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Financier Killed While Riding Citi Bike To Be Buried in Israel: Neighbors

By Amy Zimmer | June 13, 2017 1:51pm
 Dan Hanegby fell onto West 26th Street and was fatally struck by a bus, police said.
Dan Hanegby fell onto West 26th Street and was fatally struck by a bus, police said.
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Facebook/danhanegby and DNAinfo/Trevor Kapp

BROOKLYN HEIGHTS — Dan Hanegby, the financier who was killed while riding a Citi Bike after being struck by a bus on West 26th Street on Monday, will be buried in his native Israel, neighbors said.

Hanegby, a top-ranked tennis player in Israel before joining the Israeli special forces and then moving to the U.S. to attend college, was remembered in his leafy neighborhood of Brooklyn Heights as a loving dad and a cycling enthusiast.

Neighbors were reeling from the loss of the 36-year-old Credit Suisse investment banker, whose death was ruled an accident caused by blunt force trauma to the the torso, the city's Chief Medical Examiner said Tuesday.

He left behind a wife and two young children.

"He was a real nice fellow," said Julius Erdei, the superintendent of the seven-unit building Hanegy moved into three years ago. "He loved his wife and his kids. A real family man. They are such nice people."

Erdei saw Hanegby's wife on Tuesday morning, when she told him that her husband's body would be flown back to Israel for his burial.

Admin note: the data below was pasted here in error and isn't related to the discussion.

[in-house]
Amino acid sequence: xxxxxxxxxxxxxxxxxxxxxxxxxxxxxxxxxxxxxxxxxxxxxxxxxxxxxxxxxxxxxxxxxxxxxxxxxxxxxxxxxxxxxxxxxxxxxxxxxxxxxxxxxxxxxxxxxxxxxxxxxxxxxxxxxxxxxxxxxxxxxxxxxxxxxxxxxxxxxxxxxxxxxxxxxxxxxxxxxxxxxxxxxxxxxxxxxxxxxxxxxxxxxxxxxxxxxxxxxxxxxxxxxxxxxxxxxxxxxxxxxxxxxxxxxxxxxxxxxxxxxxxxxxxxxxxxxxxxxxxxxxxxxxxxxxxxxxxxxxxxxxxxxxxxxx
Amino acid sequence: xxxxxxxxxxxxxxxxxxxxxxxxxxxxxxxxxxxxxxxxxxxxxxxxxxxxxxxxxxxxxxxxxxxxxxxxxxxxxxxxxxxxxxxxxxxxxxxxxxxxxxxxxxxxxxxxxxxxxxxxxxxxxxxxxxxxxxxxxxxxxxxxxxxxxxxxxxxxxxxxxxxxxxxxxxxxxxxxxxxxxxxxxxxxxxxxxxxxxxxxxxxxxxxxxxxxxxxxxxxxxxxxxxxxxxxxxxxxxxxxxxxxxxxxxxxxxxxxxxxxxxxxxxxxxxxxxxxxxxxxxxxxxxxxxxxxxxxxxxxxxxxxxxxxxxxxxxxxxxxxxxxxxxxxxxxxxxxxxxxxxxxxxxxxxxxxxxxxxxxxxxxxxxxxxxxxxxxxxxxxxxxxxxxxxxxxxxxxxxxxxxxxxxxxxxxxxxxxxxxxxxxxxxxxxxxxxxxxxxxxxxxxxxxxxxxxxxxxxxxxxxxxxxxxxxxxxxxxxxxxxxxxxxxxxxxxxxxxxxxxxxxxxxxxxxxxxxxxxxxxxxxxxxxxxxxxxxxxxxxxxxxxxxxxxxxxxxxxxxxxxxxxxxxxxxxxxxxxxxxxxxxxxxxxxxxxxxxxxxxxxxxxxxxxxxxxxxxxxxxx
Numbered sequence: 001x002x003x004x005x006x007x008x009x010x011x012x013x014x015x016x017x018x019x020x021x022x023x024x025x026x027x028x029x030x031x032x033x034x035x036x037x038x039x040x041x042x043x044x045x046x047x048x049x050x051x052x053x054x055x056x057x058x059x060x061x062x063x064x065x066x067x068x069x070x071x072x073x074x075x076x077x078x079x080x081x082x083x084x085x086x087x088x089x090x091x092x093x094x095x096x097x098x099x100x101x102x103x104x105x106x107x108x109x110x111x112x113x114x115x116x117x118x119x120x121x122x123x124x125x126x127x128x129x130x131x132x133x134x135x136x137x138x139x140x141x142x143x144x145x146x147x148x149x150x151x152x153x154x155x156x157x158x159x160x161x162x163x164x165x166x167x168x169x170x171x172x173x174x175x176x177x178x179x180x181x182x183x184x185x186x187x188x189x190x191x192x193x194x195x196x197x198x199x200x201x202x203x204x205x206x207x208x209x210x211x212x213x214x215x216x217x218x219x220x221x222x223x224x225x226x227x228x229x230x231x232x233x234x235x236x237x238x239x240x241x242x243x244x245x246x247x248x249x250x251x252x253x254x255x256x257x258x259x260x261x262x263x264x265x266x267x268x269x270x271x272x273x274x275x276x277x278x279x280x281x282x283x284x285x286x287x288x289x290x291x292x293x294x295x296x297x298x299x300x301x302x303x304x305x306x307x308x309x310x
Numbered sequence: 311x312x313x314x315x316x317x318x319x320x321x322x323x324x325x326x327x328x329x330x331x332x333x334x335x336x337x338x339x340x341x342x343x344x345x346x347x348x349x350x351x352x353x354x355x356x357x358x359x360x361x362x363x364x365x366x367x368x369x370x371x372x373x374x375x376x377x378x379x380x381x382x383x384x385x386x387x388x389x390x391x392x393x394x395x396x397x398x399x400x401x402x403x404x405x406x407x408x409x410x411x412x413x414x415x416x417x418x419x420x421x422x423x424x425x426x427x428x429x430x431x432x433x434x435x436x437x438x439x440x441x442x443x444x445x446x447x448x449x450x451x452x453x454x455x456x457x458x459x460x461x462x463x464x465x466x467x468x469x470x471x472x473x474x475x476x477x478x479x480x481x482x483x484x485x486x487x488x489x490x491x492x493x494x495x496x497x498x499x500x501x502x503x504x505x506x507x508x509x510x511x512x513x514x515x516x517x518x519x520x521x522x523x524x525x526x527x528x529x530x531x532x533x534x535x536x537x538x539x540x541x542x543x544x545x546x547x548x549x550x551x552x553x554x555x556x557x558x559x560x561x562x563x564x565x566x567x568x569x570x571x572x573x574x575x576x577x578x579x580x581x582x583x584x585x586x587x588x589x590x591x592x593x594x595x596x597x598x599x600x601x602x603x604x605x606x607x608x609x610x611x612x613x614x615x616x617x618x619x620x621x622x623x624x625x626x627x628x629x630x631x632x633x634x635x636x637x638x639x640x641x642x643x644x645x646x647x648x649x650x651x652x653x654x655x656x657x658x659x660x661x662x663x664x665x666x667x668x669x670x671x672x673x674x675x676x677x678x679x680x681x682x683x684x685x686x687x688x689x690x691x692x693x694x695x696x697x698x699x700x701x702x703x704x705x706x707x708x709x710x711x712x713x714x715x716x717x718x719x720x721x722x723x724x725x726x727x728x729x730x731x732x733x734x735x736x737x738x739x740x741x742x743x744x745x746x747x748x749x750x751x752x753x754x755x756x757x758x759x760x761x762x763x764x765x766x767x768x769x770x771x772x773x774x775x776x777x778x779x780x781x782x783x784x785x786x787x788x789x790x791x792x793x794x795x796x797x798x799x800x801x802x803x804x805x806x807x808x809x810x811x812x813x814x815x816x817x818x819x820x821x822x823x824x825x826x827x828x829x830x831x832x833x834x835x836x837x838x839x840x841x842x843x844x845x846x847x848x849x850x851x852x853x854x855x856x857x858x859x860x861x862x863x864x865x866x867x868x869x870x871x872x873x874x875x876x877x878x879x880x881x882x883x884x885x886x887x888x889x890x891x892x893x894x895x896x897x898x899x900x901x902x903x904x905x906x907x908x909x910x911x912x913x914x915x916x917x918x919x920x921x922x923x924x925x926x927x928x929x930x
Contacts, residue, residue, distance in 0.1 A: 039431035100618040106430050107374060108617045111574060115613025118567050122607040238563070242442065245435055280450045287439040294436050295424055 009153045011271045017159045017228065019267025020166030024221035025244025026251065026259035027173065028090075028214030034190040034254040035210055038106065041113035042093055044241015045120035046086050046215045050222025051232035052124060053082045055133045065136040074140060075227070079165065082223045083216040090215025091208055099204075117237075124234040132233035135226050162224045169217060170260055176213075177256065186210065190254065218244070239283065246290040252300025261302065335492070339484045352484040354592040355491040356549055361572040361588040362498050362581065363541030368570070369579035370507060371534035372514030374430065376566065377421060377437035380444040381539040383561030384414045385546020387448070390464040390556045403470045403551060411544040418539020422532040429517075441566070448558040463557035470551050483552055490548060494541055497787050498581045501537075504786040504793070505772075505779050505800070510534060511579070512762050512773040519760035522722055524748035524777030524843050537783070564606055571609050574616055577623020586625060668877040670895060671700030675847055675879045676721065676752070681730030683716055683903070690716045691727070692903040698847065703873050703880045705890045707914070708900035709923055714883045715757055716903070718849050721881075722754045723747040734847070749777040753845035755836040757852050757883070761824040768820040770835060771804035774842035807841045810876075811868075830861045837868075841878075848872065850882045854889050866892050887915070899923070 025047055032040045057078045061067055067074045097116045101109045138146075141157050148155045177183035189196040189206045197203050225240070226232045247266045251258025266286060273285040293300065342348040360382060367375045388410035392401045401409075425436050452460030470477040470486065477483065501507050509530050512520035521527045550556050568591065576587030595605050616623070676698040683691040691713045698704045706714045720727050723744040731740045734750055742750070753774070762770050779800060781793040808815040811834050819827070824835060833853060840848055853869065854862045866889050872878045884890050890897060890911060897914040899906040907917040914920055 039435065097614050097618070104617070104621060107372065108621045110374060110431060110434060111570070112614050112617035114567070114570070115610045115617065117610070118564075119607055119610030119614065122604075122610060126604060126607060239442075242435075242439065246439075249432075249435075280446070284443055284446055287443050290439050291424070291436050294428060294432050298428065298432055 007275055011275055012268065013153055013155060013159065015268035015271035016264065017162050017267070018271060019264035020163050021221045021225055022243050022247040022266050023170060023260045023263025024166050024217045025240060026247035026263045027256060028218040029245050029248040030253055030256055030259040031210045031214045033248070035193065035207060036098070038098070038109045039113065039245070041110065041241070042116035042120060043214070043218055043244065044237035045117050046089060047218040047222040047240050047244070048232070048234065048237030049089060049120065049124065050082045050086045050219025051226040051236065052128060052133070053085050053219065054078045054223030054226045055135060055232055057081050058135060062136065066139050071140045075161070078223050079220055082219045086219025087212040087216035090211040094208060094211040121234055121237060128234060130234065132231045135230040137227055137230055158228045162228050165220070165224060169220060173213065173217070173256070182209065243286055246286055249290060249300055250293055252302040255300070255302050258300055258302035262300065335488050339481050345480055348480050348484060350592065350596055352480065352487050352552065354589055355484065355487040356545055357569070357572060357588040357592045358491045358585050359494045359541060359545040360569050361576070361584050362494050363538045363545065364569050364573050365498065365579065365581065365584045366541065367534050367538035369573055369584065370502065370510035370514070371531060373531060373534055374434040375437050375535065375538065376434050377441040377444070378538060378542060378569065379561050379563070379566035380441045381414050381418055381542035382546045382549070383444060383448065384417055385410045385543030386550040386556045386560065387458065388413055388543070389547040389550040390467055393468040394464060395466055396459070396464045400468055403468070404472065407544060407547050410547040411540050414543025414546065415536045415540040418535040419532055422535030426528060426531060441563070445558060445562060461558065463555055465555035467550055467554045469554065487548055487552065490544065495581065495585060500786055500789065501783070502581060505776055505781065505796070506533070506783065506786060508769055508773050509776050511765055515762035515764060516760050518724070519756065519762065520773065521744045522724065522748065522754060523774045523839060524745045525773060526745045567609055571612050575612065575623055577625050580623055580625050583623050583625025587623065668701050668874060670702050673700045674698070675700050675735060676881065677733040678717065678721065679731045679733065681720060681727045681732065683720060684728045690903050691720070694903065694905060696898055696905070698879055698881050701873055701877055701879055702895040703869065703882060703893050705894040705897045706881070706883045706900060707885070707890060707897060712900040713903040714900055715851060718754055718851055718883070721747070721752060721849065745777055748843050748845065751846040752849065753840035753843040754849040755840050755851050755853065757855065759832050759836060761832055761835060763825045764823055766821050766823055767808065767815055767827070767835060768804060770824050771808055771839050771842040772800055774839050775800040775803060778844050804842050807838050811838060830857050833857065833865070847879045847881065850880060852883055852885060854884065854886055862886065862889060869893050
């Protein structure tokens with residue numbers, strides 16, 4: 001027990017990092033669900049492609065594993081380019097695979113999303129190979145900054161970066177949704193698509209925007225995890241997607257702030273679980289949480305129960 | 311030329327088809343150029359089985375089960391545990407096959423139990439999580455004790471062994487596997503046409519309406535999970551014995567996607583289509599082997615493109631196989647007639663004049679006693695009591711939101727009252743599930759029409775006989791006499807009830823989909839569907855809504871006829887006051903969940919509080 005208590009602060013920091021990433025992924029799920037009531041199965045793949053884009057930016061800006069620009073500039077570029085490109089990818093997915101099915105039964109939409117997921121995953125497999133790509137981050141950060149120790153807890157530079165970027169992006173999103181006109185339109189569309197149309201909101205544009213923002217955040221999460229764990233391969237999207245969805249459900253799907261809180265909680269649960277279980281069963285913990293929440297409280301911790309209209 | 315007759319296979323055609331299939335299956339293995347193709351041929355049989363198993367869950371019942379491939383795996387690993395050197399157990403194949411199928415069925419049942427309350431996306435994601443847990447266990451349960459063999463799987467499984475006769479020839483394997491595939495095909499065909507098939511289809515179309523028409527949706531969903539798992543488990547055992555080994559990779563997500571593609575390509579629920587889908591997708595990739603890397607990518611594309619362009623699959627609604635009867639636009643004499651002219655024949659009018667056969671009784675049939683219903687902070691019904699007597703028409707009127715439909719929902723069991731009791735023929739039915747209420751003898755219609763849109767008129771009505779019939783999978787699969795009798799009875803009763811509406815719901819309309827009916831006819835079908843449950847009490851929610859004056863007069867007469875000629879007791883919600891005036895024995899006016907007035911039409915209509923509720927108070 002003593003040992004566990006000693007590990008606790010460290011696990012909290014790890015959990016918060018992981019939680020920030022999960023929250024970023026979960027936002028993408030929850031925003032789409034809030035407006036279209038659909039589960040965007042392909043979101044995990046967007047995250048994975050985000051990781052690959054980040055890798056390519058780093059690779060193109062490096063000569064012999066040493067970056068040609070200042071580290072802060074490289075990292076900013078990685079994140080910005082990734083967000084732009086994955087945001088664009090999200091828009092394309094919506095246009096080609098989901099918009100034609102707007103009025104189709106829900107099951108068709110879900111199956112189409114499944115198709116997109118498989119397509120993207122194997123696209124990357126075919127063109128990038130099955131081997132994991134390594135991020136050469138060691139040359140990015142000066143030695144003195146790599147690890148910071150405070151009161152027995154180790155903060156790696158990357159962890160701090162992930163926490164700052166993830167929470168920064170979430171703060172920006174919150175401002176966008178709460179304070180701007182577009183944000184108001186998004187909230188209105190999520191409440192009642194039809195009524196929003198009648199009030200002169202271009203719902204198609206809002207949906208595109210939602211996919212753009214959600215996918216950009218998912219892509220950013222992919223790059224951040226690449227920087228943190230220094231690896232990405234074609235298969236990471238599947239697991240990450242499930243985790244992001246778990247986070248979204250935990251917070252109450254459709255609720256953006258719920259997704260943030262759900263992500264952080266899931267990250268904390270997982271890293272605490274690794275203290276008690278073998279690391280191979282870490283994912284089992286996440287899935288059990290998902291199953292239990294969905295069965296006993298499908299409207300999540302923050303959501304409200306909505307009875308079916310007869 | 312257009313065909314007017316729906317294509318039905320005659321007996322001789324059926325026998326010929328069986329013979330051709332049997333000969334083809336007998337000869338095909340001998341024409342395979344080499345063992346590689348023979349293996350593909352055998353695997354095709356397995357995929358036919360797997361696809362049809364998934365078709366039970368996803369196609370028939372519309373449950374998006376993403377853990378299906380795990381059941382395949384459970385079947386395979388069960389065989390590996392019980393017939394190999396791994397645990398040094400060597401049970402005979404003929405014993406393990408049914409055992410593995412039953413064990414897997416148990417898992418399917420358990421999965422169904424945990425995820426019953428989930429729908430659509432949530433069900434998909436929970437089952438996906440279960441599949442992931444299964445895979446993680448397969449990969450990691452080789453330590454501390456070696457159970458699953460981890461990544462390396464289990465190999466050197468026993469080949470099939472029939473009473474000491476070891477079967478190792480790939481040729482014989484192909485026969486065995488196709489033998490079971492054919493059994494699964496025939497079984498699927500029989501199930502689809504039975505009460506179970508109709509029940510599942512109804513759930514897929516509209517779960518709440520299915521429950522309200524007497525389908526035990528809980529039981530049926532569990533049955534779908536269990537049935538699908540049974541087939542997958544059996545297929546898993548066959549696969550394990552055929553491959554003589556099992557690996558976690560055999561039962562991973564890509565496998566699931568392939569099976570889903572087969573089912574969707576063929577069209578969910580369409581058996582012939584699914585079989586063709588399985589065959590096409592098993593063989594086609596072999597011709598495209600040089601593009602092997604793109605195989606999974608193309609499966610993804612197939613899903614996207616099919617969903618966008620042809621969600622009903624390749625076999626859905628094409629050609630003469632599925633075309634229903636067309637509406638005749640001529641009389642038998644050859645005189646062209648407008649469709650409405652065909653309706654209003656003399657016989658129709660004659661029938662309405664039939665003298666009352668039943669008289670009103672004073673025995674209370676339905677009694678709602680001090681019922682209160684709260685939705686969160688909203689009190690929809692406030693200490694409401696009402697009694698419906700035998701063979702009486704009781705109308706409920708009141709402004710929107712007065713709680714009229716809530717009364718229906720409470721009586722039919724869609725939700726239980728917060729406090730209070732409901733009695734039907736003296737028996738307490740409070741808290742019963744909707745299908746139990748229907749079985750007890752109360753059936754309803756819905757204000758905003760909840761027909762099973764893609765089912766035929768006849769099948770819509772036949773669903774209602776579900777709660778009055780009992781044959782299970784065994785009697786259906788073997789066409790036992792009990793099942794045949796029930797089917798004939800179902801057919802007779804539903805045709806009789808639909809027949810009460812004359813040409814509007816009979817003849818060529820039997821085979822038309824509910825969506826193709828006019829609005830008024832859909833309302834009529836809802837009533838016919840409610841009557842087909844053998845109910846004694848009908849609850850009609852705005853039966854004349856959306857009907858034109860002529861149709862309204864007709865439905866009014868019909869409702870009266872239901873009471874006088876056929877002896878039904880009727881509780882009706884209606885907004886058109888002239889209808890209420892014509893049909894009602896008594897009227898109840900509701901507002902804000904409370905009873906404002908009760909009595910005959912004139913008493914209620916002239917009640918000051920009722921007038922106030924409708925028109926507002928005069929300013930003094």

"She was crying so badly that even I cried," Erdei said.

The super recalled Hanegby's passion for cycling, noting that the banker had four bikes neatly lined up in the storage room and a stationary bike, too. Every Sunday, Erdei, would see Hanegby leaving on a racing bike.

"His life was bicycling," Erdei said.

Dr. Walter "Trip" Darby III, who lives in the building next door and knew Hanegby as a friendly "sidewalk neighbor," also recalled seeing him with his racing bikes.

"He was always a very pleasant man. Quiet, reserved, stoic," Darby said, noting that Hanegby was a "very involved" father well liked by many on the block including the local ice cream truck vendor he frequented with his young children.

"He was a very nice neighbor, and people are really devastated by the reality of life, and what can happen in the blink of an eye. You go to work on Monday morning and unfortunately this time you don't come home," Darby said.

Darby last saw Hanegby about five days ago laughing with his children, who were intrigued by Darby's flower planting in tree beds.

"That was the last time I saw him, having fun with his kids. So, what a nice memory to have," Darby said. "My heart aches for his wife and children and family. I hope this is a time people come together and send prayers and good energy and root for them."